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I have just started C++ and have come across references and have not understood completely.

References , as i read is an alternative name for an object.Why use that instead of directly accessing the object as any operation on references is directly reflected on the object ...?

  1. Why and when are they used ?
  2. Is ist like a constant pointer that is referenced each time it is used ... ?

And , it says

 double& dr = 1;  ----  says it is an error (some lavalue needed) 
 const double& cdr = 1;  ---- says it is ok. 

i dont understand it properly..So please explain why it is so ...

Thank You...:)

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possible duplicate of Difference between pointer variable and reference variable in C++ –  user195488 Aug 17 '10 at 13:18
    
yeah...that also helped a lot...thanx... :) –  Flash Aug 17 '10 at 13:26
    
If you want to know why those two lines work/don't work, look at my answer –  Bob Fincheimer Aug 17 '10 at 13:29
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10 Answers

up vote 10 down vote accepted

Why use that instead of directly accessing the object as any operation on references is directly reflected on the object ...?

C++ passes parameters by value, meaning if you have a function such as:

void foo(MyObject o) { ... }

By default C++ will make a copy of a MyObject, not directly use the object being passed in. So, one use of references is to ensure you are working on the same object:

void foo(MyObject &o) { ...}

Or, if you aren't modifying o:

void foo(const MyObject &o) { ... }
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References are another way of what was originally in C code like this

void fubarSquare(int *x){
  int y = *x;
  *x = y * y;
}

// typical invocation
int z = 2;
fubarSquare(&z);
// now z is 4

with references in C++ it would be like this

void fubarSquareCpp(int& x){
   x = x * x;
}

// typical invocation
int z = 2;
fubarSquareCpp(z);
// now z is 4

It's a neater syntactical way of using a call-by-reference parameter instead of using the C's notation asterisk/star to indicate a pointer and as a call-by-reference parameter...and modifying the parameter directly outside of the function...

Have a look at Bjarne Stoustrap's page here which covers how C++ is and also here on the technical faq here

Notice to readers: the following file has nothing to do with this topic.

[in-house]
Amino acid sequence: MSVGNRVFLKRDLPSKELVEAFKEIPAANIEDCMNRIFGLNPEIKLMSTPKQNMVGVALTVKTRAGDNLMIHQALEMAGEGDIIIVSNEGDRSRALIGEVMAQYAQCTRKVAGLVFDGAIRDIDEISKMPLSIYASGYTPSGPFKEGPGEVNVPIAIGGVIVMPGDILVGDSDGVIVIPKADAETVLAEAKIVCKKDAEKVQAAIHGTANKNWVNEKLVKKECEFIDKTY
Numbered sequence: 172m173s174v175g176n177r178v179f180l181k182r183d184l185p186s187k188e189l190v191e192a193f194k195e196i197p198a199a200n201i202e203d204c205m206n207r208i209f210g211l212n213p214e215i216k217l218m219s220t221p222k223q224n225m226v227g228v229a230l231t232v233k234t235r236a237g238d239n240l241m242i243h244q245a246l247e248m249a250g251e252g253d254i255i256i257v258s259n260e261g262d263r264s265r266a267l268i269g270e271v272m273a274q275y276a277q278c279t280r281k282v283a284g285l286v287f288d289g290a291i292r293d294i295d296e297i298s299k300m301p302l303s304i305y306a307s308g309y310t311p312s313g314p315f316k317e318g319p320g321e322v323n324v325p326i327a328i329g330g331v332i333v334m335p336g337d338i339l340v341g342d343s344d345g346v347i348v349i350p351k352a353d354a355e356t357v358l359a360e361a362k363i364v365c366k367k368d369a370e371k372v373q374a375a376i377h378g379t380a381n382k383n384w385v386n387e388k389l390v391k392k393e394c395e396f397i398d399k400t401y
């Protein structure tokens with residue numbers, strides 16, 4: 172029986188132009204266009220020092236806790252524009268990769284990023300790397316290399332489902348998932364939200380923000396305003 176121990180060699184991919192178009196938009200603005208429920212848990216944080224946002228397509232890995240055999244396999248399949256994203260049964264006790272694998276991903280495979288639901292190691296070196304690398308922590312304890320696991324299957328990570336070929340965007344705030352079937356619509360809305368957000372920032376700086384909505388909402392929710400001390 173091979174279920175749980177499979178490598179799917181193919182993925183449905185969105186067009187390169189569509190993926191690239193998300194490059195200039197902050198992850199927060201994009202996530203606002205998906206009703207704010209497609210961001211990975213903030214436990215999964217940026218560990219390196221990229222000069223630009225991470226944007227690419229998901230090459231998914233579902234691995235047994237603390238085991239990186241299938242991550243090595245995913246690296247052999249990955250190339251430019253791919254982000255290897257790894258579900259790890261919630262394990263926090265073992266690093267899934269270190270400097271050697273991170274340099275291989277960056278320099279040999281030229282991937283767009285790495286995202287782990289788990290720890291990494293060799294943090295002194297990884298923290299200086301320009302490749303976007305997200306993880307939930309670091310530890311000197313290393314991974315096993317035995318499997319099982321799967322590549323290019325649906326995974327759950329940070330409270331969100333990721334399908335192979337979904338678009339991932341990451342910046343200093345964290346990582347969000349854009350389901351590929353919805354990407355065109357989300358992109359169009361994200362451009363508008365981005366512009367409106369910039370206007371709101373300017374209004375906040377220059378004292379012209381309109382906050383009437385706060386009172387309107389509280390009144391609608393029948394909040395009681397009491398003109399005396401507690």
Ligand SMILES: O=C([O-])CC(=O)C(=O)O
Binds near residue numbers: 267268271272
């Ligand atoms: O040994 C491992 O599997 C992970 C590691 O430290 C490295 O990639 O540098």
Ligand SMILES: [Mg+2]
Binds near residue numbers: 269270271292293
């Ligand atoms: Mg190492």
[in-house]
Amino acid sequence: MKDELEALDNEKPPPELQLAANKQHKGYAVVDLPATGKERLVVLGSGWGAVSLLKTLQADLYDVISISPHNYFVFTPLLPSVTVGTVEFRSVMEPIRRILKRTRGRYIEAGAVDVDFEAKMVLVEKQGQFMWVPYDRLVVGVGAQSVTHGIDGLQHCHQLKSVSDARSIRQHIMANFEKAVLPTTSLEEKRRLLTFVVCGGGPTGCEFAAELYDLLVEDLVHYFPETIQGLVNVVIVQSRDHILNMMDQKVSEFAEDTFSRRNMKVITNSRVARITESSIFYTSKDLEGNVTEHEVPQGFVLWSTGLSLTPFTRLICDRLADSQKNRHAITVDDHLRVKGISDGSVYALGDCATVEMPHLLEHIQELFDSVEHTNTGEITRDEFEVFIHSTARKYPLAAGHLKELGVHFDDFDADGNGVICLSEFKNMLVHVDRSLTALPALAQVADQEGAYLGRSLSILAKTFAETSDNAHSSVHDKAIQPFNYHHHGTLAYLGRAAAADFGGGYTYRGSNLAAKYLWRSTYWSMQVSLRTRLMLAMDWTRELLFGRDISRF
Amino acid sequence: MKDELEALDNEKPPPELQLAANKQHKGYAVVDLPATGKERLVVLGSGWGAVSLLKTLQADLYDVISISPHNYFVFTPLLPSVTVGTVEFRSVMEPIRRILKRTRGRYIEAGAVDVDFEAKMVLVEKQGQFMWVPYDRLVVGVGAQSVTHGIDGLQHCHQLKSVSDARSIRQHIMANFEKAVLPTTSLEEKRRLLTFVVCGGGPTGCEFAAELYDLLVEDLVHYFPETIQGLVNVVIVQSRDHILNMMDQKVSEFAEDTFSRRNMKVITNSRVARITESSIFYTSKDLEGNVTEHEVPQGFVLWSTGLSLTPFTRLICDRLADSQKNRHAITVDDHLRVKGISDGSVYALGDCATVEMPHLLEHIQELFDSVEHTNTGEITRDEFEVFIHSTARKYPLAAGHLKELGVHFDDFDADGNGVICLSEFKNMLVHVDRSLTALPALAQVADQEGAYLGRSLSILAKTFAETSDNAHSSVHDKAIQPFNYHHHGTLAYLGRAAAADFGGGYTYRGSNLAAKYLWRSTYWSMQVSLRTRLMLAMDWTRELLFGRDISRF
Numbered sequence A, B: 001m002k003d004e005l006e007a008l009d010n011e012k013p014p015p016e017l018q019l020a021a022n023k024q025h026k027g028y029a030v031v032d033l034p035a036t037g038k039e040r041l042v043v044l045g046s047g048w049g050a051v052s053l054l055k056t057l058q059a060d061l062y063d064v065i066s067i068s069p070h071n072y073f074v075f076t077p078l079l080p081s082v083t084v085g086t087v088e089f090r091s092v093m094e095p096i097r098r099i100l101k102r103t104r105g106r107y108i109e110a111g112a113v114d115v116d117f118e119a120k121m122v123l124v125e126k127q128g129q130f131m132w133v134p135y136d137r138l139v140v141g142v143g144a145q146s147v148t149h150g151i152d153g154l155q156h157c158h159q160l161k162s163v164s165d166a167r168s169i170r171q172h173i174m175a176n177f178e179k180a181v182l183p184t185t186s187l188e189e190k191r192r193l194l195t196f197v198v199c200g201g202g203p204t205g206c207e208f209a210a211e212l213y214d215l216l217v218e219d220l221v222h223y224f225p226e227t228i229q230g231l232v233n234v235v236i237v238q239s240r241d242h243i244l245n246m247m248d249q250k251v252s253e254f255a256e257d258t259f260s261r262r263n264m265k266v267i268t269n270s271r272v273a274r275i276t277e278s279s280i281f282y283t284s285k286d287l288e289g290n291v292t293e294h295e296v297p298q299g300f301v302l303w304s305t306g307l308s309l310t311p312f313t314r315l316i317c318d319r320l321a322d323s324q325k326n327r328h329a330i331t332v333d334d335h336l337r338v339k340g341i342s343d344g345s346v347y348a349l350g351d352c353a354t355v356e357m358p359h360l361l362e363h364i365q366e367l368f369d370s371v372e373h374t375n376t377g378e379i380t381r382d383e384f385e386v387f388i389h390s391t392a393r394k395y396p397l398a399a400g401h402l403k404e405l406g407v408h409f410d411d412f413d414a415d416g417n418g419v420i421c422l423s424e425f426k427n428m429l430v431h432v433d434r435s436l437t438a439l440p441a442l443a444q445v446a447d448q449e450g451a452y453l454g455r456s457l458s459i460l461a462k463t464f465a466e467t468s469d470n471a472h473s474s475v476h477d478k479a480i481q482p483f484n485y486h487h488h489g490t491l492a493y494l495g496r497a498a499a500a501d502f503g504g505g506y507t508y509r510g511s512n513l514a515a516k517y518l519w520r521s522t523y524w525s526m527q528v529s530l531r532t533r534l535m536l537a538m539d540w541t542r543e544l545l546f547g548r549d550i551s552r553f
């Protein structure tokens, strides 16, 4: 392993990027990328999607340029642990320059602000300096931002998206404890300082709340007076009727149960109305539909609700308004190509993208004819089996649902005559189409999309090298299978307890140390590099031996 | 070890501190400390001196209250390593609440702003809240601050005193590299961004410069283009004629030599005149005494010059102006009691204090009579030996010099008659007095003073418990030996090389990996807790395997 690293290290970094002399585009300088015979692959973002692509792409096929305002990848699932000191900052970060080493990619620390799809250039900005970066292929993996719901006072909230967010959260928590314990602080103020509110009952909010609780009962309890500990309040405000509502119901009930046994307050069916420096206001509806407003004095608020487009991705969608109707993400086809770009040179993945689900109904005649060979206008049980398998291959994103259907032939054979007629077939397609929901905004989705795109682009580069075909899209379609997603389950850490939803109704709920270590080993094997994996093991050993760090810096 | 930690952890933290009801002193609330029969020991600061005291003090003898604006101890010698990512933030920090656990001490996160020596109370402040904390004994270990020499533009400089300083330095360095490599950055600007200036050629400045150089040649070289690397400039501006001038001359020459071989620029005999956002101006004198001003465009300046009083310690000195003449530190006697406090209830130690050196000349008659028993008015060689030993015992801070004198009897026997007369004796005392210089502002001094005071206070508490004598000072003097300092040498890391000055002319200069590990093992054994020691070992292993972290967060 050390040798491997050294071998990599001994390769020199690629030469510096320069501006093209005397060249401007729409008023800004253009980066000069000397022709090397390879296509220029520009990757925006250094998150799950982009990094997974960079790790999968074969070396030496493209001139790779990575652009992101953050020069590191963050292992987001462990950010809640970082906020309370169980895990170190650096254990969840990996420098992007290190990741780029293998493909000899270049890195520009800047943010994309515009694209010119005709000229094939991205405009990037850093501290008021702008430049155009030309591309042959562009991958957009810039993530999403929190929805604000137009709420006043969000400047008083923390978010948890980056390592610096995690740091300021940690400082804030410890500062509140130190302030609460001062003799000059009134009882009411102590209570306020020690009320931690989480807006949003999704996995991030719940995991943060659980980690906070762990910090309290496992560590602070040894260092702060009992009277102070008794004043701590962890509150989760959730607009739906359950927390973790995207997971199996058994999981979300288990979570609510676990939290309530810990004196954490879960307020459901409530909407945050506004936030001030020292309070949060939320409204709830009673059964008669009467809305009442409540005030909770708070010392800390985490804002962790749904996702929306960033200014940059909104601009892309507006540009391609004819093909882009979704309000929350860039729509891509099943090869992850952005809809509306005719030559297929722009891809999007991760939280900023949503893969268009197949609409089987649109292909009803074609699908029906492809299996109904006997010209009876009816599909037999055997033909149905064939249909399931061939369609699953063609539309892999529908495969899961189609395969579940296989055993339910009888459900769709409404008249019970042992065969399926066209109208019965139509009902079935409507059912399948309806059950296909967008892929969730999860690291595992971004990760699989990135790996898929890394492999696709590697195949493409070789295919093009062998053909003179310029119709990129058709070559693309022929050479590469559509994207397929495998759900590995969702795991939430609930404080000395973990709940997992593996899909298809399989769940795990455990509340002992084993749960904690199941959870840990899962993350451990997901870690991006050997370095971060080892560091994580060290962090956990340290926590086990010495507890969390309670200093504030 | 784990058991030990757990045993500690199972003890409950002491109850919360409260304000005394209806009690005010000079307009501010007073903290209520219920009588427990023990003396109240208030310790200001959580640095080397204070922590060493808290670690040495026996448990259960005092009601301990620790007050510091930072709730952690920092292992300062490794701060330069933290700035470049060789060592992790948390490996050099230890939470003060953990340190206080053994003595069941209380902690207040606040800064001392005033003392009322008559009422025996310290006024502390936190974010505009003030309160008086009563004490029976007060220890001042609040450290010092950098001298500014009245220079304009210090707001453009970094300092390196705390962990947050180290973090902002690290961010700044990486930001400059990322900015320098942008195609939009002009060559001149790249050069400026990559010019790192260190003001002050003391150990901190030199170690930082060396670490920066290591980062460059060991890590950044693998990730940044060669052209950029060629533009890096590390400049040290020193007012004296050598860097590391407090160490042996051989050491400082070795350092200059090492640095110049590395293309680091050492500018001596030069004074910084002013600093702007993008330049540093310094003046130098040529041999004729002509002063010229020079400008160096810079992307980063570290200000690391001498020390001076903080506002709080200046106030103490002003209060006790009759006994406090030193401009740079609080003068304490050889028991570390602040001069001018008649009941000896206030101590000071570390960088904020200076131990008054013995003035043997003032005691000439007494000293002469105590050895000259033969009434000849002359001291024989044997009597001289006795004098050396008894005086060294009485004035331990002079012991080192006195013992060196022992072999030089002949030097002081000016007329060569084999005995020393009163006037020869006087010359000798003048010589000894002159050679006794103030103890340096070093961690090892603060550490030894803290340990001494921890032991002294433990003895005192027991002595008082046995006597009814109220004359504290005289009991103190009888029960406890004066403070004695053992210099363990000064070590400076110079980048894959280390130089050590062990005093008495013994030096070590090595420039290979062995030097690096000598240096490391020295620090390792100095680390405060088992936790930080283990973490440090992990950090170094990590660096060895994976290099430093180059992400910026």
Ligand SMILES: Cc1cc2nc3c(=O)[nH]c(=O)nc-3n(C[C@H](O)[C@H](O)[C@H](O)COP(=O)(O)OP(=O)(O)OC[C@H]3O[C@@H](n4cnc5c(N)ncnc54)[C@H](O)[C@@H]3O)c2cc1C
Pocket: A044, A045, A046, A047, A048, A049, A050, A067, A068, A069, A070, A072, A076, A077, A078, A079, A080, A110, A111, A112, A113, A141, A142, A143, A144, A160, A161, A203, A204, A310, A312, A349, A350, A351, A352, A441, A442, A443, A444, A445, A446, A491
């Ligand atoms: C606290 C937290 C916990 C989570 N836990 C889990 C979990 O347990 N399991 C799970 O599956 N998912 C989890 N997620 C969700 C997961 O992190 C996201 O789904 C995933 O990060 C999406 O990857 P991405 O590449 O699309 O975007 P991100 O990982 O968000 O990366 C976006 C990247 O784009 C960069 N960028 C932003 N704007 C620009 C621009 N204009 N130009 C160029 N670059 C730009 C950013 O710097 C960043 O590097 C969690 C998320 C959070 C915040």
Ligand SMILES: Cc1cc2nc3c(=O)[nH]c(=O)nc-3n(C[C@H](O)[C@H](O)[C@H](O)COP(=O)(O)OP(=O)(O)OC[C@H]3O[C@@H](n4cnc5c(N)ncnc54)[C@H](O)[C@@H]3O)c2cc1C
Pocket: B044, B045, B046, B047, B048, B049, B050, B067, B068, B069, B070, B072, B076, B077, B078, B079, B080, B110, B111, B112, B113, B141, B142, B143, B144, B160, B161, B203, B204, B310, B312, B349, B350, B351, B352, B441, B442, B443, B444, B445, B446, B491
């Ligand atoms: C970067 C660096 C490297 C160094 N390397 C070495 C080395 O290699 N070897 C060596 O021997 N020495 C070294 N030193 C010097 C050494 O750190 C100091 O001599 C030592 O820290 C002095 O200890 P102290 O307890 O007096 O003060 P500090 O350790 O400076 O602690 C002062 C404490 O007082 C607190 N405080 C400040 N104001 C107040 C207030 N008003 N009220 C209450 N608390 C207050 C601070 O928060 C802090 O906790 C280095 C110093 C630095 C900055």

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A reference is basically a pointer that looks like an object. It is very very hard to get a NULL reference though you can go through hoops and create one.

With regards to your example, 1 is an rvalue or a result. It is just a temporary variable and can not be modified. Thus you can't take a non const reference to it. However you can take a const reference to it. This means you can't change the value of the reference.

Here is an example of creating a NULL reference. Don't do it!

int * x = (int *)NULL;
int & y = *x;
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2  
It is impossible to get a "null reference" without invoking undefined behavior. –  FredOverflow Aug 17 '10 at 15:30
    
Not impossible and you will get a seg-v if you access it probably. –  bradgonesurfing Aug 17 '10 at 16:33
    
Impossible without invoking undefined behavior. In your example *x is a NULL dereference, which is UB. –  Tyler McHenry Aug 17 '10 at 16:34
    
Yup, and there are compilers that optimize precisely because you can't have NULL references. So they might not even bother executing your second statement. –  MSalters Aug 18 '10 at 9:43
    
I think my point was that it is possible and it is something coders should watch out for. You may see a seg-v at a place you don't expect it and not at the point you create the reference. Yes this is undefined behaviour but I've seen plenty of code turning member pointers to const references through accessor methods and it's worth knowing what you may have when your code goes bork. –  bradgonesurfing Aug 18 '10 at 12:52
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I agree with you. using references as just an alias name is not very useful. It is more useful if you consider it as an immutable pointer. But not that useful in fact.

Practically, it is used to define clean interfaces. For example when you define:

int foo(const int& param);

You say that param is a read-only parameter in foo.

Do not forget that you MUST assign a value to a reference.

See the C++ faqlite on references for more

my2c

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I agree. At the level of object interface, it creates a clear contract with the user of the function. void foo(Object& o){}; The foo function asks for a pointer to an object that can be modified and that is NOT NULL. –  Stephane Rolland Aug 17 '10 at 13:27
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References improve the syntax, so no pointer dereference needed. Assuming Base is a class that may be derived from:

void someFunction(Base b)
{
    b.function();
    // b is a copy of what was passed - probably performance issues
    // possible unintended object slicing - you only get the Base part of it
    // no virtual function call
    // no changes to b visible outside the function
}

void someFunction(Base* b)
{
    b->function();
    // a shortcut for (*b).function();
    // b is the same object that was passed to the function
    // possible virtual call
    // changes visible outside the function
}

void someFunction(Base& b)
{
    b.function();
    // b is the same object that was passed to the function
    // possible virtual call
    // changes visible outside the function
}